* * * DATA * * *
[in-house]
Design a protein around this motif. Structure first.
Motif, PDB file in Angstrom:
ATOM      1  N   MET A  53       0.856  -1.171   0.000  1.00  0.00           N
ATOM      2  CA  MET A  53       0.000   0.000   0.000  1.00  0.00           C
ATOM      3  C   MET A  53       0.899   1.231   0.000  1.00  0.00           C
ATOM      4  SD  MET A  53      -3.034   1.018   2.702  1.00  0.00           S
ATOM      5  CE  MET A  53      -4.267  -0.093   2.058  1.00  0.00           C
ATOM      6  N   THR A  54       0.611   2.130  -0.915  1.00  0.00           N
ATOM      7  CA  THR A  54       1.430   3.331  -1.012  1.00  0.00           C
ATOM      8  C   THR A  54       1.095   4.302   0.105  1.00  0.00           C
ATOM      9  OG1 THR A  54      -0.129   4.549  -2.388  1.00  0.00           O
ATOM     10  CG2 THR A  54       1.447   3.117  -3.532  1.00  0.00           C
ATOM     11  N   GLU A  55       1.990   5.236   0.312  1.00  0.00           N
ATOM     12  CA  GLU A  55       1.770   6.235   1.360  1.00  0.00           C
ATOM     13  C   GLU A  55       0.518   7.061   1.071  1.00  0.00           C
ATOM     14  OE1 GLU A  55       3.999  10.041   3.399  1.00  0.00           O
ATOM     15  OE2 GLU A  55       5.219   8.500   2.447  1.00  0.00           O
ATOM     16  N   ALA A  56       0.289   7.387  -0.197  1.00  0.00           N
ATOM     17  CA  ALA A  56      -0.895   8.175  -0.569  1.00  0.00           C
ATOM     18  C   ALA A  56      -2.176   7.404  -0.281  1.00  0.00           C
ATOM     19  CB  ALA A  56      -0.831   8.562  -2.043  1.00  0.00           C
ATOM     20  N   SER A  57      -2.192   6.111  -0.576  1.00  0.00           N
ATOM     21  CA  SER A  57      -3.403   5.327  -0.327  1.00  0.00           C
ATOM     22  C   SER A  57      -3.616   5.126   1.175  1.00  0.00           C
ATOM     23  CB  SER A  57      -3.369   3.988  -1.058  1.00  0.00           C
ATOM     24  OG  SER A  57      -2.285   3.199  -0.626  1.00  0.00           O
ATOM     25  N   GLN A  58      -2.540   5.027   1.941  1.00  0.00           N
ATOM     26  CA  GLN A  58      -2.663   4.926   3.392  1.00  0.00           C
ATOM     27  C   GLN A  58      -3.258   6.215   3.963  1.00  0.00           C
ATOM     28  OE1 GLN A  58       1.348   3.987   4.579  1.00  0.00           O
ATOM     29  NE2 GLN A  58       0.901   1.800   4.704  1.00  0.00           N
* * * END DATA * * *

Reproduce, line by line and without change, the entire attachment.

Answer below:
[in-house]
Design a protein around this motif. Structure first.
Motif, PDB file in Angstrom:
ATOM      1  N   MET A  53       0.856  -1.171   0.000  1.00  0.00           N
ATOM      2  CA  MET A  53       0.000   0.000   0.000  1.00  0.00           C
ATOM      3  C   MET A  53       0.899   1.231   0.000  1.00  0.00           C
ATOM      4  SD  MET A  53      -3.034   1.018   2.702  1.00  0.00           S
ATOM      5  CE  MET A  53      -4.267  -0.093   2.058  1.00  0.00           C
ATOM      6  N   THR A  54       0.611   2.130  -0.915  1.00  0.00           N
ATOM      7  CA  THR A  54       1.430   3.331  -1.012  1.00  0.00           C
ATOM      8  C   THR A  54       1.095   4.302   0.105  1.00  0.00           C
ATOM      9  OG1 THR A  54      -0.129   4.549  -2.388  1.00  0.00           O
ATOM     10  CG2 THR A  54       1.447   3.117  -3.532  1.00  0.00           C
ATOM     11  N   GLU A  55       1.990   5.236   0.312  1.00  0.00           N
ATOM     12  CA  GLU A  55       1.770   6.235   1.360  1.00  0.00           C
ATOM     13  C   GLU A  55       0.518   7.061   1.071  1.00  0.00           C
ATOM     14  OE1 GLU A  55       3.999  10.041   3.399  1.00  0.00           O
ATOM     15  OE2 GLU A  55       5.219   8.500   2.447  1.00  0.00           O
ATOM     16  N   ALA A  56       0.289   7.387  -0.197  1.00  0.00           N
ATOM     17  CA  ALA A  56      -0.895   8.175  -0.569  1.00  0.00           C
ATOM     18  C   ALA A  56      -2.176   7.404  -0.281  1.00  0.00           C
ATOM     19  CB  ALA A  56      -0.831   8.562  -2.043  1.00  0.00           C
ATOM     20  N   SER A  57      -2.192   6.111  -0.576  1.00  0.00           N
ATOM     21  CA  SER A  57      -3.403   5.327  -0.327  1.00  0.00           C
ATOM     22  C   SER A  57      -3.616   5.126   1.175  1.00  0.00           C
ATOM     23  CB  SER A  57      -3.369   3.988  -1.058  1.00  0.00           C
ATOM     24  OG  SER A  57      -2.285   3.199  -0.626  1.00  0.00           O
ATOM     25  N   GLN A  58      -2.540   5.027   1.941  1.00  0.00           N
ATOM     26  CA  GLN A  58      -2.663   4.926   3.392  1.00  0.00           C
ATOM     27  C   GLN A  58      -3.258   6.215   3.963  1.00  0.00           C
ATOM     28  OE1 GLN A  58       1.348   3.987   4.579  1.00  0.00           O
ATOM     29  NE2 GLN A  58       0.901   1.800   4.704  1.00  0.00           N